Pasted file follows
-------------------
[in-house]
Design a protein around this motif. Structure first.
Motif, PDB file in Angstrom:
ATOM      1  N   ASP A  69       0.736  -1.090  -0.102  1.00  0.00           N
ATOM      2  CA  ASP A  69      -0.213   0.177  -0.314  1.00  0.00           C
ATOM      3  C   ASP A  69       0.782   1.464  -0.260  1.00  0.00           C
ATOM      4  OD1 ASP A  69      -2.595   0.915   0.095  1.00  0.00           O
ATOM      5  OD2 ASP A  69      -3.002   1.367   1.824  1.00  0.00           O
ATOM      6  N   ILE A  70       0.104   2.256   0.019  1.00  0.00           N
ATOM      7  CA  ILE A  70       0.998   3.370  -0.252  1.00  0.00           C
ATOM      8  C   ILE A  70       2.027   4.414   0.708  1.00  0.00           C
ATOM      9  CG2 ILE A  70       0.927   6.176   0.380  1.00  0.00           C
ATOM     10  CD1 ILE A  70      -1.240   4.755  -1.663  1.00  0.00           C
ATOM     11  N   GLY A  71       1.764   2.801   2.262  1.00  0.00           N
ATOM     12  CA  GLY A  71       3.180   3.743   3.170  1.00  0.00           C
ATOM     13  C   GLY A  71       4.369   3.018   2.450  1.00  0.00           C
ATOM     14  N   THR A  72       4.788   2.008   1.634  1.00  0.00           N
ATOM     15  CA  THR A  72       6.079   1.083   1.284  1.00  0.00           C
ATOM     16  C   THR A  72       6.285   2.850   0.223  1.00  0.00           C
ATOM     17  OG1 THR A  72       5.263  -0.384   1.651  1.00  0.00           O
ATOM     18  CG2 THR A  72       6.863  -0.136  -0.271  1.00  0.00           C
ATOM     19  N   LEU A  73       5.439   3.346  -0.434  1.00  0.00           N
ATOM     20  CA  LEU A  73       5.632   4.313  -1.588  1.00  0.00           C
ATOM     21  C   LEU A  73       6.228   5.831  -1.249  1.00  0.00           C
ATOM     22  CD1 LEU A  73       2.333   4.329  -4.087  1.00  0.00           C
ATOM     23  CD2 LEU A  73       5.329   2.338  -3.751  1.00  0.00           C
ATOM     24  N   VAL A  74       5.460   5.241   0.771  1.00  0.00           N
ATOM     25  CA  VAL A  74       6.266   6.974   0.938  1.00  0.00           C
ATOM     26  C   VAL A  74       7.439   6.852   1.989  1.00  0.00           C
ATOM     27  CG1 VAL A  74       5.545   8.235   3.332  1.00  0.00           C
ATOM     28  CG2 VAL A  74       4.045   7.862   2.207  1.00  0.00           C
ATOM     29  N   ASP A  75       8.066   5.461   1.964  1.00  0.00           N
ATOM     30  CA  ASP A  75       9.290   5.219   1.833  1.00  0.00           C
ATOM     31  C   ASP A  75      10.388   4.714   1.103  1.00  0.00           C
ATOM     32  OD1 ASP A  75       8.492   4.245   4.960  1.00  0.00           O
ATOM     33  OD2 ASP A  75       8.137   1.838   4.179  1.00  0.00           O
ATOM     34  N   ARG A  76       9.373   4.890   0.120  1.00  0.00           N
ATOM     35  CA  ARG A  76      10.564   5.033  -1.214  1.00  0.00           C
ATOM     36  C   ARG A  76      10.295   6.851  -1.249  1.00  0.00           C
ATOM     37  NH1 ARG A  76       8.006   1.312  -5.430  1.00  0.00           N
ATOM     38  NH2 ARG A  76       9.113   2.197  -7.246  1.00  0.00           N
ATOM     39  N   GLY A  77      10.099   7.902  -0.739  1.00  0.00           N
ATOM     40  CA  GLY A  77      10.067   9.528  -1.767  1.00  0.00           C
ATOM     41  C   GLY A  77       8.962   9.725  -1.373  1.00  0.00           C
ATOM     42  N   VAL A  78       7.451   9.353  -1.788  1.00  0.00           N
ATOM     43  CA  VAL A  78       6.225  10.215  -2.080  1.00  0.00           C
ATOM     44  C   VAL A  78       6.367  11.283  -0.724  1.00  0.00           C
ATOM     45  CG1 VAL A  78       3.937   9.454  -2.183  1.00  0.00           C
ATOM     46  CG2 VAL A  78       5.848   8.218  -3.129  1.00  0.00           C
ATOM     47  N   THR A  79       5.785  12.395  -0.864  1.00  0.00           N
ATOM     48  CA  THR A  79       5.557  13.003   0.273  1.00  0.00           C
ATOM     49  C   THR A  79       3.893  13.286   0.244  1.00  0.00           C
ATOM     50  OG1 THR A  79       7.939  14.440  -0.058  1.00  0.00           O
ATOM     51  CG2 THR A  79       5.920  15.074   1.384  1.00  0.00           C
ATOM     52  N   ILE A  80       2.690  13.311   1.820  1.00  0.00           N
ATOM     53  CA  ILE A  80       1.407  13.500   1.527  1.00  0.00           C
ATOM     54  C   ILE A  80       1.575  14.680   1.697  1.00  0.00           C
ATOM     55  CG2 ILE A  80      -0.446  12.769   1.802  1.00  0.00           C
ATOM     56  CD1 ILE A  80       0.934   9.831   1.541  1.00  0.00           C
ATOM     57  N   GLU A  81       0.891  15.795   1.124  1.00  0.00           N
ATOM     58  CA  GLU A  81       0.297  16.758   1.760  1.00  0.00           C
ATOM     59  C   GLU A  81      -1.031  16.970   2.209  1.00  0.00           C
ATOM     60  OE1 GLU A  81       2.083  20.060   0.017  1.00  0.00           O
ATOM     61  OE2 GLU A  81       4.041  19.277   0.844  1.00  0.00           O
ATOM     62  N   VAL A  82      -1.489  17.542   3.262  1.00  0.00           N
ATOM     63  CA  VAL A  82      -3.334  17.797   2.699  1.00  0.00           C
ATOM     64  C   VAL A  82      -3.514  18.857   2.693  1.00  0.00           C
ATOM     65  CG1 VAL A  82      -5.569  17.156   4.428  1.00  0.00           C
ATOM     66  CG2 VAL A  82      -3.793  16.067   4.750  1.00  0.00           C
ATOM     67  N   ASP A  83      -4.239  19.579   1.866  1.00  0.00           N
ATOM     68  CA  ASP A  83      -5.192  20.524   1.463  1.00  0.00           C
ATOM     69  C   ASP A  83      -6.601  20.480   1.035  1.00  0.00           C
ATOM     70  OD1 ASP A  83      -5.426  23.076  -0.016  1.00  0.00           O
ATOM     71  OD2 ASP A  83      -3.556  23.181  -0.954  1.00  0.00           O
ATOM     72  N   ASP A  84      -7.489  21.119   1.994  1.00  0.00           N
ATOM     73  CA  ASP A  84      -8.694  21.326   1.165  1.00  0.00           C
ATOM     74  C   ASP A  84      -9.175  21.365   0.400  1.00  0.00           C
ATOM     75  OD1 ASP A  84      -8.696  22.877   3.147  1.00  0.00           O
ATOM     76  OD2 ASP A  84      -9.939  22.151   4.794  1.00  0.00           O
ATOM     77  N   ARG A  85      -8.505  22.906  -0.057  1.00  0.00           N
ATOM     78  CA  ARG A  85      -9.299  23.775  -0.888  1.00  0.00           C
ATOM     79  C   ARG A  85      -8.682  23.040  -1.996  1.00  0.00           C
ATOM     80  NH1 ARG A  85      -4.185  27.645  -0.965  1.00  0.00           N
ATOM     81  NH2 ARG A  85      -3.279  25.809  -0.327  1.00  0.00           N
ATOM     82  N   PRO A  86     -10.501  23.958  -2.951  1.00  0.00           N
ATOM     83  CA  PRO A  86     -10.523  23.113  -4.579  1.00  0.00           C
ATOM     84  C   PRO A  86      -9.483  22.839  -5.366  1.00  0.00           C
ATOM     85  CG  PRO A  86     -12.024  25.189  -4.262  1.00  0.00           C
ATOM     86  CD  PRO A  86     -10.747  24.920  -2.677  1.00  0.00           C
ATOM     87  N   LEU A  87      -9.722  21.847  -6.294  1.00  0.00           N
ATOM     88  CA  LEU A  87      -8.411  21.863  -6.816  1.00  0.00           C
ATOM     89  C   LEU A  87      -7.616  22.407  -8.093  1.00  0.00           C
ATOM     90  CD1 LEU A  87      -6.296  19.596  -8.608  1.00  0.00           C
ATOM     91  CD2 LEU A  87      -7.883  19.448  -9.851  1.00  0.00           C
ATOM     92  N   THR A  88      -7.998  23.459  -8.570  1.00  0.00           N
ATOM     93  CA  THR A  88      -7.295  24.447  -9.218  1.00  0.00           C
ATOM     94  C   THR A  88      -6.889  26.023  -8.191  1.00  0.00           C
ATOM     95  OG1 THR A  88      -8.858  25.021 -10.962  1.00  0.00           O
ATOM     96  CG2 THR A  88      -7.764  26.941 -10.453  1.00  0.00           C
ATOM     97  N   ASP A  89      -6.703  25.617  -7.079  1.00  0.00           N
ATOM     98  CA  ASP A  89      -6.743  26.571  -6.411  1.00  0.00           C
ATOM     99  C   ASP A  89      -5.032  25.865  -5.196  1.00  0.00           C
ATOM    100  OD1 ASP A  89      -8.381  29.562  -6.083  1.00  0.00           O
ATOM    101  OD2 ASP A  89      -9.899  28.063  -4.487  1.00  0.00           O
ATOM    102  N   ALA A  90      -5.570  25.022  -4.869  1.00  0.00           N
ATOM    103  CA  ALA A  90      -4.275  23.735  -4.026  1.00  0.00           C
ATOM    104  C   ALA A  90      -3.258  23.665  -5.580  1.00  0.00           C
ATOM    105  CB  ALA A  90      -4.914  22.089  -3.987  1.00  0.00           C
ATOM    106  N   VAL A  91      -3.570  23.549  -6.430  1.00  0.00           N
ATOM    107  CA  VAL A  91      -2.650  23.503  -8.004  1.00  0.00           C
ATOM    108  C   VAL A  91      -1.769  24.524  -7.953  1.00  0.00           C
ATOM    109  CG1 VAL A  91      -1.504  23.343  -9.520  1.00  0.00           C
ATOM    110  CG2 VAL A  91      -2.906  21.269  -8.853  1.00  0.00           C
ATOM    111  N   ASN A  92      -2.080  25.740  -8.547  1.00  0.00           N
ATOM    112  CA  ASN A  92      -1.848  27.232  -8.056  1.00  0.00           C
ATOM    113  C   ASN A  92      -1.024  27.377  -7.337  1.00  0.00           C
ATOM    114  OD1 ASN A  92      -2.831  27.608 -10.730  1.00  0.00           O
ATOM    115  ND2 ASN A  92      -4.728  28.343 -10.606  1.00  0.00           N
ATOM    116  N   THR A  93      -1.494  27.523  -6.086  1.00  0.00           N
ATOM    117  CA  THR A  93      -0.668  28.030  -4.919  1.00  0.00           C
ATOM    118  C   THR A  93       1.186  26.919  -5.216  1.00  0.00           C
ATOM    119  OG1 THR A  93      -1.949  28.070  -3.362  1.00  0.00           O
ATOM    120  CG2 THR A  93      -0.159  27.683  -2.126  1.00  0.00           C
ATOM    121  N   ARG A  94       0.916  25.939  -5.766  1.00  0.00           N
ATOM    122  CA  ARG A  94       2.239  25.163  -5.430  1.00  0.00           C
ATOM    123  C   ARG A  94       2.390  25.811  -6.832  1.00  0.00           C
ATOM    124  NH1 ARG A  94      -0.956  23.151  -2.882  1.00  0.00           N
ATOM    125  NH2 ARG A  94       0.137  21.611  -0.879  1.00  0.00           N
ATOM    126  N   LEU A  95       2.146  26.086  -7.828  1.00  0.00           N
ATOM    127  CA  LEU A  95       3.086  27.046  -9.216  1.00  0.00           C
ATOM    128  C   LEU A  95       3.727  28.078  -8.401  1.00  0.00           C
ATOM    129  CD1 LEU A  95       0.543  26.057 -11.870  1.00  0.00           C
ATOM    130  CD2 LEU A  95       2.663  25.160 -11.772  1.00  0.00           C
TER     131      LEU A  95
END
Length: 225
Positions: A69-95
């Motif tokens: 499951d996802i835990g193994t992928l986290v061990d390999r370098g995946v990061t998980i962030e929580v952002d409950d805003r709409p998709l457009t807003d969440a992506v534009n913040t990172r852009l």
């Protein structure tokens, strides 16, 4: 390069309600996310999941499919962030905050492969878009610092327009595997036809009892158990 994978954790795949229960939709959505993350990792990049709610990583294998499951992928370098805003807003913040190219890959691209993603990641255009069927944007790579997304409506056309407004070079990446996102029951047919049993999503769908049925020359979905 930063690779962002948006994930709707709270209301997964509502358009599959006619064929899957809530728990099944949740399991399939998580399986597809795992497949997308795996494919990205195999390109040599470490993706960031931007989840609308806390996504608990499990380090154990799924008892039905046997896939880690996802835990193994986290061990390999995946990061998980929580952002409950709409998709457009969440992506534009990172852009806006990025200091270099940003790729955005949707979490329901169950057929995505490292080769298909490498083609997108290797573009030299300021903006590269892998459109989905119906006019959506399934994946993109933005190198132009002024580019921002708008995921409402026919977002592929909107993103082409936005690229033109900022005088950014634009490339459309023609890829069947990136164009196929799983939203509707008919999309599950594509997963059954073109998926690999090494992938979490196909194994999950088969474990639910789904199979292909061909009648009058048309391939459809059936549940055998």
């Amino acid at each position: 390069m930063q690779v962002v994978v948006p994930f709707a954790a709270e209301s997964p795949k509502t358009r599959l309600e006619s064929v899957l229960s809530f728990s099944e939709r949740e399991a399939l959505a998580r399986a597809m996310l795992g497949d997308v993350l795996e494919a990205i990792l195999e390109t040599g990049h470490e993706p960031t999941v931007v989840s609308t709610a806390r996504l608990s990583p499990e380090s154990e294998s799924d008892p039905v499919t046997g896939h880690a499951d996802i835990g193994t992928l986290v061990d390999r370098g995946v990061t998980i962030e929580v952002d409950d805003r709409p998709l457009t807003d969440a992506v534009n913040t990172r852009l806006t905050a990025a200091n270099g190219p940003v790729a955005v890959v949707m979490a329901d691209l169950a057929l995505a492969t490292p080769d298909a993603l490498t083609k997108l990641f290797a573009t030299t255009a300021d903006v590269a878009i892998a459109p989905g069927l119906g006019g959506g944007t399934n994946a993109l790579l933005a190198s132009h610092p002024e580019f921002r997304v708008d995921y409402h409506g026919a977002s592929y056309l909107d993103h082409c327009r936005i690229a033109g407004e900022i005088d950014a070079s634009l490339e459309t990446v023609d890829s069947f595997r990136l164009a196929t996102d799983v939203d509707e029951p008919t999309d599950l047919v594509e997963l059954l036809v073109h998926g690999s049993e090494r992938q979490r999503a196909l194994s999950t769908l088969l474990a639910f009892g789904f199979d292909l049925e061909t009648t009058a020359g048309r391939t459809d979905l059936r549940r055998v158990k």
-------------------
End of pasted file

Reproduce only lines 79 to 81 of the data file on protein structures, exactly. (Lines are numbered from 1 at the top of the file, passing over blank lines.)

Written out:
ATOM     76  OD2 ASP A  84      -9.939  22.151   4.794  1.00  0.00           O
ATOM     77  N   ARG A  85      -8.505  22.906  -0.057  1.00  0.00           N
ATOM     78  CA  ARG A  85      -9.299  23.775  -0.888  1.00  0.00           C